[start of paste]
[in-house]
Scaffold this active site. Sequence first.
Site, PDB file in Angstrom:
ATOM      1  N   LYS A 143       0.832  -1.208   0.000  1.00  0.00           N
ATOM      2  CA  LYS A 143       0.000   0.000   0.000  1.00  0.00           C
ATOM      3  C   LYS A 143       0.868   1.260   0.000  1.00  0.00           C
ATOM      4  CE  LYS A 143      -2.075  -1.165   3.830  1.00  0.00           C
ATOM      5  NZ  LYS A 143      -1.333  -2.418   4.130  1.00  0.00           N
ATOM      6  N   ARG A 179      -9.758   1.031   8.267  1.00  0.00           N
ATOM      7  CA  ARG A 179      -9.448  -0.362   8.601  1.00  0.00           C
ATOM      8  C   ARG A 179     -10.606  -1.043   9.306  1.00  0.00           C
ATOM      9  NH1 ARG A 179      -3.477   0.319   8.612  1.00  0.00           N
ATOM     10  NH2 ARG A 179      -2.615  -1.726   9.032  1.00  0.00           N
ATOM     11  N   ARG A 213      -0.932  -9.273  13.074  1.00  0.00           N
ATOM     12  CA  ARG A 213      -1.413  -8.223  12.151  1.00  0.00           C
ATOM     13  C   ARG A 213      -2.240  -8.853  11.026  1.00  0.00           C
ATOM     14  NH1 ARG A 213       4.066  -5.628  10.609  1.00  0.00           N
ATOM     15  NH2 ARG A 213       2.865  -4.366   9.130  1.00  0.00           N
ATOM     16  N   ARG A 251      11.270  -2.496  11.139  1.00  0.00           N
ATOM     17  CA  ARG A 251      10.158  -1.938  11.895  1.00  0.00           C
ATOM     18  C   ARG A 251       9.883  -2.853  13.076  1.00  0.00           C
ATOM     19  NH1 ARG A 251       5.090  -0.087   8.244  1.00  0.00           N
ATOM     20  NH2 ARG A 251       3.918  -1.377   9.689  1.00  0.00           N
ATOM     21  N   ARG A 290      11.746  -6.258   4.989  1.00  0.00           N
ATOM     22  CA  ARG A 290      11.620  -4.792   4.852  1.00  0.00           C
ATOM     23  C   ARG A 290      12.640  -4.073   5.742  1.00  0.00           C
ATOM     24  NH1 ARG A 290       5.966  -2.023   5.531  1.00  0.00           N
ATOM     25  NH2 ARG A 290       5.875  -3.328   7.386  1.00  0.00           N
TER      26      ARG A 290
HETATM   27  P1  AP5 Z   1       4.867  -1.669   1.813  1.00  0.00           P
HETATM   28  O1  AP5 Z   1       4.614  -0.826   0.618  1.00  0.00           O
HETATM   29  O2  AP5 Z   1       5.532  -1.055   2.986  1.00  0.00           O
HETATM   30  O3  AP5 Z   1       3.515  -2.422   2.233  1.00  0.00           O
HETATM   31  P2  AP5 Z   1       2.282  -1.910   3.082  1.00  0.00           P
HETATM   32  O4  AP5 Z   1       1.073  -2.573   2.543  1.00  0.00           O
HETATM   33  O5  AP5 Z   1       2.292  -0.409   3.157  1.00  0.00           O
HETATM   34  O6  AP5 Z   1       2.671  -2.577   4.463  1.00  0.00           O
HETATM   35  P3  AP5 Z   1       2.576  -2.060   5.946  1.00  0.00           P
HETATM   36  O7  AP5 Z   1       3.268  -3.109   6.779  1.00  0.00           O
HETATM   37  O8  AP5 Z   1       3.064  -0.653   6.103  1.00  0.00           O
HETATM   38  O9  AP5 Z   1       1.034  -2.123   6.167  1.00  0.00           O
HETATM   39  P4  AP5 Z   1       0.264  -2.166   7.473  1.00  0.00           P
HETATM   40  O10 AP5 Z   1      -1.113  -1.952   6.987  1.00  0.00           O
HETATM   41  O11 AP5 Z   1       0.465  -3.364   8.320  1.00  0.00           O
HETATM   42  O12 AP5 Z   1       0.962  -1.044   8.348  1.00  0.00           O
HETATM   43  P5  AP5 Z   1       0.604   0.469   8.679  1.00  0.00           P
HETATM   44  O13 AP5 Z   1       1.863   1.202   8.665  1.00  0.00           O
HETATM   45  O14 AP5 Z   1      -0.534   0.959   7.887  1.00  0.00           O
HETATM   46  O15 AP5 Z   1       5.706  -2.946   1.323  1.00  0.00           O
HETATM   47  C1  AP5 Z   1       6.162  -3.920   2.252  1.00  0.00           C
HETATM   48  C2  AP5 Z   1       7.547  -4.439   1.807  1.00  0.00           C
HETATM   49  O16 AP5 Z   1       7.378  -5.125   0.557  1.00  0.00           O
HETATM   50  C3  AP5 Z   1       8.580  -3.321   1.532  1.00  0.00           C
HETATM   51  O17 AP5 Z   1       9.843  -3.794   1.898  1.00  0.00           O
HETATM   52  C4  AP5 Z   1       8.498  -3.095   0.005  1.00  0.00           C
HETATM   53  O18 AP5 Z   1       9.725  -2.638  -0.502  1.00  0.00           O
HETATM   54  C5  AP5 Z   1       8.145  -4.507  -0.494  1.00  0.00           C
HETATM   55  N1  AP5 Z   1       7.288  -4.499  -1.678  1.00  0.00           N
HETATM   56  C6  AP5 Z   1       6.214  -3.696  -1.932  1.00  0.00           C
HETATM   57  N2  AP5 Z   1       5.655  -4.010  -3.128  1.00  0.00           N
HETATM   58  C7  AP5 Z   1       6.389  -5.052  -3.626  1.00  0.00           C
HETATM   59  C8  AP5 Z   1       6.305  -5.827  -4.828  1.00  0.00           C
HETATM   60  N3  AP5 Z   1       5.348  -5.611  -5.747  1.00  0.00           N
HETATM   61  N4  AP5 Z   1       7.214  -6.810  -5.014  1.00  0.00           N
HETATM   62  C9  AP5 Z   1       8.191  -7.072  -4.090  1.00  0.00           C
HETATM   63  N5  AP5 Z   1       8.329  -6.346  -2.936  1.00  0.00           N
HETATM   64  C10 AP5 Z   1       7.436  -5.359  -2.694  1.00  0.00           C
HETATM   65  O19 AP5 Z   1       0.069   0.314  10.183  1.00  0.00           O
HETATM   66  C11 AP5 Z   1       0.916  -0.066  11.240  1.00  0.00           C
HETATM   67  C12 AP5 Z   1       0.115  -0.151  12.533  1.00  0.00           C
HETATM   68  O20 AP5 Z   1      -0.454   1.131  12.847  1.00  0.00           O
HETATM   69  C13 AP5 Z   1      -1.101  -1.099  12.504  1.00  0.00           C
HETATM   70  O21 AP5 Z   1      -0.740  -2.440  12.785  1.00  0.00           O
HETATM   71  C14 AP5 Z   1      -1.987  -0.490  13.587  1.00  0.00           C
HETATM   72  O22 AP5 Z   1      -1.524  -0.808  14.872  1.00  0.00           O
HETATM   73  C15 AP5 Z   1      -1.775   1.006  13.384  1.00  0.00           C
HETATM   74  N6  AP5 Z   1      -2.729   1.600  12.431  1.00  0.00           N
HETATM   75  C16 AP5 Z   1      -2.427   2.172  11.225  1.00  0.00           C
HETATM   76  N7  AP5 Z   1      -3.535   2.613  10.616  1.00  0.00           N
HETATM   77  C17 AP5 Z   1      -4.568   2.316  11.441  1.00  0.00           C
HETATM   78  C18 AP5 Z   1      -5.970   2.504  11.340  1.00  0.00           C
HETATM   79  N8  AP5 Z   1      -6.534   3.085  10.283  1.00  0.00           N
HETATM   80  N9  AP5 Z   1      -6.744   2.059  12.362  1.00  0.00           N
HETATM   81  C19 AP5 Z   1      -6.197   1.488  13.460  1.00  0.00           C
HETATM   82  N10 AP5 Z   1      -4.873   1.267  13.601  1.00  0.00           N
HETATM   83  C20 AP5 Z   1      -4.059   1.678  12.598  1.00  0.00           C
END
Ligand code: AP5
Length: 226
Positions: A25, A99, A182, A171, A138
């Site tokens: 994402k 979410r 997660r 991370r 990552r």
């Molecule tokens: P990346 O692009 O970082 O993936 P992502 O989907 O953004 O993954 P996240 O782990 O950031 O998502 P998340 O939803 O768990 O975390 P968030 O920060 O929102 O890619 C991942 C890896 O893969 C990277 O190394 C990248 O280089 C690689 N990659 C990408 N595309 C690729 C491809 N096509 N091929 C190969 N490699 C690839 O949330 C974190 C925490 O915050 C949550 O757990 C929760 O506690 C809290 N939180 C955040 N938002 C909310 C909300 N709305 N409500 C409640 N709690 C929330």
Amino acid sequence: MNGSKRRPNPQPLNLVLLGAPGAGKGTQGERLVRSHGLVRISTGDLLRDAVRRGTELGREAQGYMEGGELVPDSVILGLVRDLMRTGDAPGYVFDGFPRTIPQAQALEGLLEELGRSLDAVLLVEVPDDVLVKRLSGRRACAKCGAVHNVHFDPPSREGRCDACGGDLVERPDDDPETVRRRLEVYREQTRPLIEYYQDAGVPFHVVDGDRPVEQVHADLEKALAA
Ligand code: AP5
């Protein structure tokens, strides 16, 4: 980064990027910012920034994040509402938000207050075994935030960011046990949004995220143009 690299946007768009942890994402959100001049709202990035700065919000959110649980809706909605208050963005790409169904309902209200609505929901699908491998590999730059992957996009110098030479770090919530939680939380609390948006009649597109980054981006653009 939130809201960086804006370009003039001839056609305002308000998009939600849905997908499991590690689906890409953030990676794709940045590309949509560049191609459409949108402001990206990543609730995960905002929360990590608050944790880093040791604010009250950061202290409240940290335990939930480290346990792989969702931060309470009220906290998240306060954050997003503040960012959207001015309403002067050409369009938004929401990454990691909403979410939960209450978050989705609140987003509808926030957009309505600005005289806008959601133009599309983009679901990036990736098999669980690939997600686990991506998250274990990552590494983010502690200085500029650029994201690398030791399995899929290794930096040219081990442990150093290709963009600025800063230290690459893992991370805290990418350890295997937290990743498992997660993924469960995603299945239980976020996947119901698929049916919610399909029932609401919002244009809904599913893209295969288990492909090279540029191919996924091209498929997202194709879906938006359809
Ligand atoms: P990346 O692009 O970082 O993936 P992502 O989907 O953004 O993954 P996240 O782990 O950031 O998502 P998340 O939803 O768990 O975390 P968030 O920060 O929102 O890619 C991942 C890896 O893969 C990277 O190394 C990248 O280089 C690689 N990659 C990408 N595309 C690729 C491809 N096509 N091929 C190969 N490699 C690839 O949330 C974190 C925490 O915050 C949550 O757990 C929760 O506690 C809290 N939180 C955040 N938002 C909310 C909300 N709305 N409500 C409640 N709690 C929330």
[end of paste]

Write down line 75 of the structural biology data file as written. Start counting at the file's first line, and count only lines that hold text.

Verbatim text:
HETATM   72  O22 AP5 Z   1      -1.524  -0.808  14.872  1.00  0.00           O